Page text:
Chicory is as versatile as a foraged plant can get. You can use just about every part of it: the fibrous leaves, the hearty root, and even the dandelion-like flower. Since it was first cultivated in ancient Egypt—and, by the way, also in ancient Greece and Rome—this plant has been developed for many different uses. You'll find it in a variety of sizes and colors, and it is known by several different names: radicchio, sugarloaf, and Belgian endive, to name a few.
Although chicory is mostly consider a weed in the United States, the plant's root is the not-so-secret ingredient in the coffee brewed at Café Du Monde in New Orleans. As the story goes, the endive was used to stretch out meager supplies when coffee was scarce during the French civil war. The French brought it to Louisiana, and today, you can still order up a cup of the coffee/chicory mix with the cafe's world-famous beignets.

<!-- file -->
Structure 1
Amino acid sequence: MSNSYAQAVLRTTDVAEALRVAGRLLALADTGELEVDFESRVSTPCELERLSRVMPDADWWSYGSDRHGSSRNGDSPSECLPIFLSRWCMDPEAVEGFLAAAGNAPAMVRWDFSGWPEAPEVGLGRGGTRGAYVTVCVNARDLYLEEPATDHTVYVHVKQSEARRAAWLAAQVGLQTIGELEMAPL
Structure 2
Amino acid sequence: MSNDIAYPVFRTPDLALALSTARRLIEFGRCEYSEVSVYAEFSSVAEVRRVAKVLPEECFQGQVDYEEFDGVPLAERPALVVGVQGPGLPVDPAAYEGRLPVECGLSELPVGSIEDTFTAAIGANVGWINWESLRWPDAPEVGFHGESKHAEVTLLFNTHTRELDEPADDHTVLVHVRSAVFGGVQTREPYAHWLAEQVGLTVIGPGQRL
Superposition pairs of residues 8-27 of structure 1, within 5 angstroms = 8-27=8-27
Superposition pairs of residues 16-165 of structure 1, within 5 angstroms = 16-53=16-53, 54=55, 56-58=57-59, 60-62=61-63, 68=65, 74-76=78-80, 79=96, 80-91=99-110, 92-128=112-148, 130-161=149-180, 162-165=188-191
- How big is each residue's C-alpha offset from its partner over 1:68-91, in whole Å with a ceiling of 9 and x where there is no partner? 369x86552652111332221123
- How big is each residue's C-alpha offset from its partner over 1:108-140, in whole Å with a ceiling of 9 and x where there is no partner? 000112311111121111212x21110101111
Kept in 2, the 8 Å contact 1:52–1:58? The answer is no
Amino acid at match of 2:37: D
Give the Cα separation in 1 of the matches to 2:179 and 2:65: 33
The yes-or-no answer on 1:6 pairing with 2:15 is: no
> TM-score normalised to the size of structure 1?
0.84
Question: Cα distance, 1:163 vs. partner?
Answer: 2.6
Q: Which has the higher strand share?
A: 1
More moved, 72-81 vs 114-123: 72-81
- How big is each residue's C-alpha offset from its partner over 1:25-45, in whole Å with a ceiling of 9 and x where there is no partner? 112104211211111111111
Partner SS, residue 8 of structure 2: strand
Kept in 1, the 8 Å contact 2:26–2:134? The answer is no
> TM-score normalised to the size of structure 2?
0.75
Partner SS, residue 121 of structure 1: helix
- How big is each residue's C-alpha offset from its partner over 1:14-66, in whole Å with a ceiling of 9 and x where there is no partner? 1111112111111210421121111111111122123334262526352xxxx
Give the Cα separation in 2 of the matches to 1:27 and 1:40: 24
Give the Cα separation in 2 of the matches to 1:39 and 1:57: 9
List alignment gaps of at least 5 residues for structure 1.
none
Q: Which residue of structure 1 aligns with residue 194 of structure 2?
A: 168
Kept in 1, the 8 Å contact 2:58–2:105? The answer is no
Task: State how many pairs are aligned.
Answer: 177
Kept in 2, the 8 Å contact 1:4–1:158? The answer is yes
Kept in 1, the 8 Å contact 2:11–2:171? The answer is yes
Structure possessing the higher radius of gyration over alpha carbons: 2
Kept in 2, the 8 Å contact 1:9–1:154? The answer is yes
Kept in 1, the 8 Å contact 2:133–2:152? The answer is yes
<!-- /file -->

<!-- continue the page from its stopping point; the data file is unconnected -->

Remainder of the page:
Using this Plant
- Greens: used for salads, juices, and other recipes; can be harvested through the growing season but will be most tender and less bitter before flowering in Spring
- Roots: can be roasted, ground, and used as a coffee substitute; best harvested autumn through winter
- Flowers: can be used for dye and have many medicinal qualities; flowering can happen April through October, depending on the variety and zone
Chicory Recipes from Around the Web:
- Braised Chicory (gluten free, meat free)
- Chicory and Grapefruit Green Smoothie (dairy free, gluten free, meat free)
- Chicory, Leek, and Chicken Stew (dairy free, gluten free)
- Chicory Salad with Anchovy Dressing (dairy free, gluten free, meat free)
- Raw Salad with Fennel, Seville Orange, Chicory, and Kohlrabi (dairy free, gluten free, meat free)
- Pickled Eggs with Mayonnaise on Chicory Leaves (dairy free, gluten free)
Warning: Only consume plants you can positively identify and know are safe to eat.